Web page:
Accident

An accident is a sudden event (such as a crash) that is not planned or intended and that causes damage or injury (Merriam-Webster Dictionary). The adverse accident occurrence probability is the uncertainty regarding the future condition of a phenomenon, and unpredictability and probability of damages can be considered as main elements in the definitions. It seems that common concept in these elements is the one of uncertainty.

Uncertainty

Uncertainty is something that is doubtful or unknown: something that is uncertain (Merriam-Webster Dictionary).

Risk dimensions

Productive and unproductive risk

Productive risk is the one assuring value added, but unproductive risk is without value added (investment in mine exploration project includes productive risk of economic type, but attending gambling, for example, where risking one’s property to achieve much greater money, is called unproductive risk).

Controllable and uncontrollable risk

Controllable risk can be controlled by decision maker, while in uncontrollable risk, the decision maker has no control on risk (controllable risk is called reactive risk, and uncontrollable risk is called chance risk).

Profit-and-loss risk

Risk is divided into real (net) risk and involves winning and losing. The real risk includes loss (as car owner incurs damage in case of accident; otherwise it is not changed), and speculative risk includes loss and profit (its good example is the ownership of a factory or company). Simply put, risk can include loss (negative risk) and profit (positive risk) [1].

Different types of risks

There are different types of risks, and some of them are explained briefly.

Market risks

Market risk refers to the risk of losses in the bank’s trading book due to changes in equity prices, interest rates, credit spreads, foreign-exchange rates, commodity prices, and other indicators values of which are determined by variable factors in a public market [7].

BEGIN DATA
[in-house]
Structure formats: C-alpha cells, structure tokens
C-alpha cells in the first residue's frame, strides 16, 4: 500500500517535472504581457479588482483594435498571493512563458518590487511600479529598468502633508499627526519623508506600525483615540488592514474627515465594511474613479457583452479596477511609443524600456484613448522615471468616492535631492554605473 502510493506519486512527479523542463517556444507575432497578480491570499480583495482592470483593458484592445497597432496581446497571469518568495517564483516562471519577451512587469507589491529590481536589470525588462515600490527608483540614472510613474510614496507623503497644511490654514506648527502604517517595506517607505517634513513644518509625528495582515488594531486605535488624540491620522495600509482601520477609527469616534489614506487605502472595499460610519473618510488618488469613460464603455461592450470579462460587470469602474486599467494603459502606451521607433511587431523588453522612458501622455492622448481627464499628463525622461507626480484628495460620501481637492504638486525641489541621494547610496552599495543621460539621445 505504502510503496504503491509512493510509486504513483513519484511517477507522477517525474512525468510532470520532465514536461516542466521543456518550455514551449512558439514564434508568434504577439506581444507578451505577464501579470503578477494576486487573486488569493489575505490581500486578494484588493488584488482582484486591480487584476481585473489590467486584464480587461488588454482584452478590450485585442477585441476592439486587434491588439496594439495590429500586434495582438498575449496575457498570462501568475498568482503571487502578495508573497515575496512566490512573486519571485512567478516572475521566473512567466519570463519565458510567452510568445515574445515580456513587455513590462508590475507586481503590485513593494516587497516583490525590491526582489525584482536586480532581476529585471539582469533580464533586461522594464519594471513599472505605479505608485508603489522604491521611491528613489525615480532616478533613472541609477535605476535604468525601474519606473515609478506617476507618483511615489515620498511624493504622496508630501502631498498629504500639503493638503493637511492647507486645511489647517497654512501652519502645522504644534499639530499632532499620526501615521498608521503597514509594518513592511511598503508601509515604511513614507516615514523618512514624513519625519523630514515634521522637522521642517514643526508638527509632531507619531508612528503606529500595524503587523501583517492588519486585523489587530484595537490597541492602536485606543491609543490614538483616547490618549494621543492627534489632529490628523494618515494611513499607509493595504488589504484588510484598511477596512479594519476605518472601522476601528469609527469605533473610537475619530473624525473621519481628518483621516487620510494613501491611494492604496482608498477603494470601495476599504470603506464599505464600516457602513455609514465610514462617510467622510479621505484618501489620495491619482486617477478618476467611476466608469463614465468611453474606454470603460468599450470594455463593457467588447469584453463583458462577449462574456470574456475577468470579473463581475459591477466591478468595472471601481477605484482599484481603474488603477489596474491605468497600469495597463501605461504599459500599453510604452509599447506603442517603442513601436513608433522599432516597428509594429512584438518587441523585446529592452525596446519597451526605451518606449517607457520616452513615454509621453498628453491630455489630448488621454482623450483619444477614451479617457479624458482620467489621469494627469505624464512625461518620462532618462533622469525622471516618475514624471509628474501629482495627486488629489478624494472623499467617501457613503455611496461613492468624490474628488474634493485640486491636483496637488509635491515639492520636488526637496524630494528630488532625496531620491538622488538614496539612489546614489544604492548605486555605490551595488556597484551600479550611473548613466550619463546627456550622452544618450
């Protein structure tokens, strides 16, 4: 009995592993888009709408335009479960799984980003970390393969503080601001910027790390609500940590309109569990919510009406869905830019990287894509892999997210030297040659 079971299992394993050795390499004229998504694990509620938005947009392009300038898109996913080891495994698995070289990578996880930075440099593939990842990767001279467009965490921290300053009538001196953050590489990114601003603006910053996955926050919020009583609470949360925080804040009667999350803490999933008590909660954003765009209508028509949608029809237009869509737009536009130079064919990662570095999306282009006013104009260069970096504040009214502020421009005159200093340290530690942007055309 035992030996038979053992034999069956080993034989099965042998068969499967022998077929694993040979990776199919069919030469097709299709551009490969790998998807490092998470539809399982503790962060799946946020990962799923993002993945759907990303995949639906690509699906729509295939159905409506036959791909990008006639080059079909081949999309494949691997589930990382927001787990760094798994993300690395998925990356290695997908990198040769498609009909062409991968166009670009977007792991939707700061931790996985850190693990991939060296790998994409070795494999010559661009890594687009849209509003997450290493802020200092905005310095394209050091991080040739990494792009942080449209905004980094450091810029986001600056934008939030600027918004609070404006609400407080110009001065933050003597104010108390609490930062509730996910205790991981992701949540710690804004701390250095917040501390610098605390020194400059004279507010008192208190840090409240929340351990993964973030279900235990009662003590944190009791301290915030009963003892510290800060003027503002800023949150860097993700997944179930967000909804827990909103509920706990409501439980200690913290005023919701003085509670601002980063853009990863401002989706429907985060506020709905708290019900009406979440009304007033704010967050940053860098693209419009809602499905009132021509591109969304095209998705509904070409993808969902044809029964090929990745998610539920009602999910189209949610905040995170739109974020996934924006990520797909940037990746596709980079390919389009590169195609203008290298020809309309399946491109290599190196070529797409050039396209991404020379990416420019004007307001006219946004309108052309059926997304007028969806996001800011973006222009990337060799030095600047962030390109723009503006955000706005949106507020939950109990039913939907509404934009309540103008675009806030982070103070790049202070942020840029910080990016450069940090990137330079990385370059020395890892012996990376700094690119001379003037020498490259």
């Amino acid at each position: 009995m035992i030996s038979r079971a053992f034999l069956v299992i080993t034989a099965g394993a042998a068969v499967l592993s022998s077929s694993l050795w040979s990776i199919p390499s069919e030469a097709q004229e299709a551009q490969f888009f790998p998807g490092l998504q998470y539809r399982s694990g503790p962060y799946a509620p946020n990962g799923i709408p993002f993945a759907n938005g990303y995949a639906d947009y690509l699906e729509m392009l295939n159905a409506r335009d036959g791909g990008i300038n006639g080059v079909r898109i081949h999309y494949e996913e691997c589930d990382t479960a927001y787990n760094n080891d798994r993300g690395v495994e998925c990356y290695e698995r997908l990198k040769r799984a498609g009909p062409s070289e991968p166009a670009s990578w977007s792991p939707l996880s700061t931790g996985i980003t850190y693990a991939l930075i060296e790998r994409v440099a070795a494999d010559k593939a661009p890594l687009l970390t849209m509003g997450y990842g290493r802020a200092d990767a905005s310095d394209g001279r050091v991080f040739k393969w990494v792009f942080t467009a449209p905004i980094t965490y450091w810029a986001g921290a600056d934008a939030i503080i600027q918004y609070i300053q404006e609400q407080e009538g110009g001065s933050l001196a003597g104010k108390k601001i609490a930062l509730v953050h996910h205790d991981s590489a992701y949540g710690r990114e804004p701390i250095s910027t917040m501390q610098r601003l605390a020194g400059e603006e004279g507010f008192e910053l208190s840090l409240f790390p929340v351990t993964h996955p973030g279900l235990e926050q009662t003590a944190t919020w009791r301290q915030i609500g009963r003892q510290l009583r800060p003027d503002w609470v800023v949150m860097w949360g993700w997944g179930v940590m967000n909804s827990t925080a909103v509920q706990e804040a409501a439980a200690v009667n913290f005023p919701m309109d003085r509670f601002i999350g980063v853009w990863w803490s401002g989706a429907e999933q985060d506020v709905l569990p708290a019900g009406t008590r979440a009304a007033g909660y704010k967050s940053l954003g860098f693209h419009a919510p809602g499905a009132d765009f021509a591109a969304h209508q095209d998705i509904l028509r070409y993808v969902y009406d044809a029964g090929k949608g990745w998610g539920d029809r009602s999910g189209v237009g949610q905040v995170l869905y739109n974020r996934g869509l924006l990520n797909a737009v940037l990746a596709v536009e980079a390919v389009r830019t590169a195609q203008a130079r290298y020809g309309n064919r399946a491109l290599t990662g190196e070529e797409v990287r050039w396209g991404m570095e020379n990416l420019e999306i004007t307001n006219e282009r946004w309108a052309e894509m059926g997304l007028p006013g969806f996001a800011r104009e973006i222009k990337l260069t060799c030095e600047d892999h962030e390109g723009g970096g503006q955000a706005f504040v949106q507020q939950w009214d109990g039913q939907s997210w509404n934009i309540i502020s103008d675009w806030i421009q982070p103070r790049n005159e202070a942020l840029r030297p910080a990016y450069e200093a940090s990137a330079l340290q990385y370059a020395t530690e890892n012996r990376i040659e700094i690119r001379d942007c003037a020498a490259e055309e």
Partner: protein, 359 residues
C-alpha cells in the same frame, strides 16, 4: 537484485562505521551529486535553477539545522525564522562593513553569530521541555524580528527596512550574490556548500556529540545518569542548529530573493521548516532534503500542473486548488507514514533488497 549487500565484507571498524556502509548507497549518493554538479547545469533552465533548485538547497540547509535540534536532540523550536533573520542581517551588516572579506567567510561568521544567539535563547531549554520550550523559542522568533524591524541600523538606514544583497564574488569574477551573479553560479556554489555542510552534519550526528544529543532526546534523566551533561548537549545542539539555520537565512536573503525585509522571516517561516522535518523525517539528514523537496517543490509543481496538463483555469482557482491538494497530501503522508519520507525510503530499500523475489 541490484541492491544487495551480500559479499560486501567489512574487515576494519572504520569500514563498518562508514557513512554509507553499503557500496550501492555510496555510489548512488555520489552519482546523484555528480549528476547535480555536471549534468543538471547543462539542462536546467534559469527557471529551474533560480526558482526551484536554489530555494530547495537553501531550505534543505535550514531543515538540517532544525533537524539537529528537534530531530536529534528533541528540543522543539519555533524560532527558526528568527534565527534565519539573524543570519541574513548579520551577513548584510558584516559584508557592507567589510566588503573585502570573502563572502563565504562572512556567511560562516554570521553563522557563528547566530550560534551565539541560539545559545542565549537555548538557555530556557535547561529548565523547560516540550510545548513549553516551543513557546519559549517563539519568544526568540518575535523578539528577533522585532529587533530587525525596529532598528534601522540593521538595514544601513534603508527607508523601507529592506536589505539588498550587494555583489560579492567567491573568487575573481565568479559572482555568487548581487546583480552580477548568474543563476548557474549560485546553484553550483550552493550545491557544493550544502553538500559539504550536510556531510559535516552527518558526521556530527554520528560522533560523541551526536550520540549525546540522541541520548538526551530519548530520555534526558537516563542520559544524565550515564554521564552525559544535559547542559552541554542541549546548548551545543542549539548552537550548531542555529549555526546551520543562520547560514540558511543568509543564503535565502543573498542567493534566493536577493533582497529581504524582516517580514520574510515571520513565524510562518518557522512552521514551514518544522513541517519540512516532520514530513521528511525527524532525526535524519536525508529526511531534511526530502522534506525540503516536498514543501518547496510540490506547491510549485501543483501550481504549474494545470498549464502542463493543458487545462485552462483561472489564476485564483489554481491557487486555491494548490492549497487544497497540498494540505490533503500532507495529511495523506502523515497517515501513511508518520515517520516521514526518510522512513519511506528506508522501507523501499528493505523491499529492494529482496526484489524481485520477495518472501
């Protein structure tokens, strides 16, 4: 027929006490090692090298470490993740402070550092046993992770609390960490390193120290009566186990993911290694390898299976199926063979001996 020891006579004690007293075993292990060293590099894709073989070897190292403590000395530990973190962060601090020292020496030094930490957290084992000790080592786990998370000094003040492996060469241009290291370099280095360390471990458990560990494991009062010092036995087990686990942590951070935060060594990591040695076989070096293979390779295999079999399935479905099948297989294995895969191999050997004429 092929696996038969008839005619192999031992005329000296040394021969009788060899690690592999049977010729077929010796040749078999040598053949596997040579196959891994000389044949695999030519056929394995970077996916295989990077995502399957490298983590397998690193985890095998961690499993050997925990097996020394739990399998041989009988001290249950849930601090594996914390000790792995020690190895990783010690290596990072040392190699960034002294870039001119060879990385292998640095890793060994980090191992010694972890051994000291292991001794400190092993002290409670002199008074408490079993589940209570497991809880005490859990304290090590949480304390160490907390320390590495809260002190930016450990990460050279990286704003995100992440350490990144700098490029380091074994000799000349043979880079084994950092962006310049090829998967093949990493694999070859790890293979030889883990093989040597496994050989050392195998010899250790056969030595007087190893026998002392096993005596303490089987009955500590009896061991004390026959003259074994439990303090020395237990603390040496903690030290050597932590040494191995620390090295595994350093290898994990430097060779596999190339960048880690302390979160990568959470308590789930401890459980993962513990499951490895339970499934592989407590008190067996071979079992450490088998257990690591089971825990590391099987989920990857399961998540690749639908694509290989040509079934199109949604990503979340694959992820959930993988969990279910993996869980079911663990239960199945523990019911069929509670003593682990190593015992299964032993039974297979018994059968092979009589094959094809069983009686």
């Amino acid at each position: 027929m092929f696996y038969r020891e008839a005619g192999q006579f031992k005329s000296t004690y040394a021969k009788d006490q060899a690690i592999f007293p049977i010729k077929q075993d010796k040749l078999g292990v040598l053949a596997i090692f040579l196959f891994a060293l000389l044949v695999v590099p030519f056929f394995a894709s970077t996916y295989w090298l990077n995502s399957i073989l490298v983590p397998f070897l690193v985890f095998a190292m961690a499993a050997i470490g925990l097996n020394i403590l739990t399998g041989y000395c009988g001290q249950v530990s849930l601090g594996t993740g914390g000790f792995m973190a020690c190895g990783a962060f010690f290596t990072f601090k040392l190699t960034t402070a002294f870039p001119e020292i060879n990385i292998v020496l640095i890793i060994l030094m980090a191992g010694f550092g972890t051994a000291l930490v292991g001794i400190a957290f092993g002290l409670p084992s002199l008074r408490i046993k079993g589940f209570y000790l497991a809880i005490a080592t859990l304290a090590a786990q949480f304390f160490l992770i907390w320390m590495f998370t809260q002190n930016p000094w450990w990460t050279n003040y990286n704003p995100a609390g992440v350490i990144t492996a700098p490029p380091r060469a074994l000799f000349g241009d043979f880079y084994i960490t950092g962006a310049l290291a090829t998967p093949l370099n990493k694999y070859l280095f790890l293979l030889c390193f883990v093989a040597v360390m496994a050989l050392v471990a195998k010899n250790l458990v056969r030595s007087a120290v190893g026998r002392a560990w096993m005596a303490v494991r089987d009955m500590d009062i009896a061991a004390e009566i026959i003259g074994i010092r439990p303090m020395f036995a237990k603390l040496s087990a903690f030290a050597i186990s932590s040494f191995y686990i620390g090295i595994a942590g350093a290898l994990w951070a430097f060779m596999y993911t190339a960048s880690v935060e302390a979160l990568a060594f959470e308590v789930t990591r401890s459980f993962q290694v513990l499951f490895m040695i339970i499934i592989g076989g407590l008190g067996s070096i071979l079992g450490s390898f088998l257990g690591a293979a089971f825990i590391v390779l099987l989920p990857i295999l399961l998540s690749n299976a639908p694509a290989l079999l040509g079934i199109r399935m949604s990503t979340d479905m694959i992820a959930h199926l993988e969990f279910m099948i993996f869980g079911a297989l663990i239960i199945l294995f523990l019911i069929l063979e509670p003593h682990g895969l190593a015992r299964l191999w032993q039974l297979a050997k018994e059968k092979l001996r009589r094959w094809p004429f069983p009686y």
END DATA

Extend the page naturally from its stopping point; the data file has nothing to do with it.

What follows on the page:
Exchange rate risk

The exchange rate risk is defined as the variability of a firm’s value due to uncertain changes in the rate of exchange [4].

Inflation risk

Unexpected inflation is a change in prices that differs from the consensus view of what inflation is expected to be. When we talk about inflation risk, we are commonly talking about unexpected inflation. While expected inflation must be planned for in retirement budgeting, unexpected inflation causes uncertainty in prices, because it causes an element of surprise to bear upon the market. Since it cannot be predicted, managing the risk of unexpected inflation is critical [8].

Value at risk

Value at risk (VAR) as a statistical criterion defines the maximum expected loss of keeping assets in definite period and at definite confidence level. Assume that the daily value of an asset is 200 million Toman and at probability of 99 %, it is possible that the maximum reduction of this asset on the next day be 10 million Toman. Thus, VAR of this asset in a period of one day at a confidence interval of 99 % is 190 million Toman. We can say that by confidence interval of 99 %, the value of this asset on the next day will not be not less than 190 million Toman.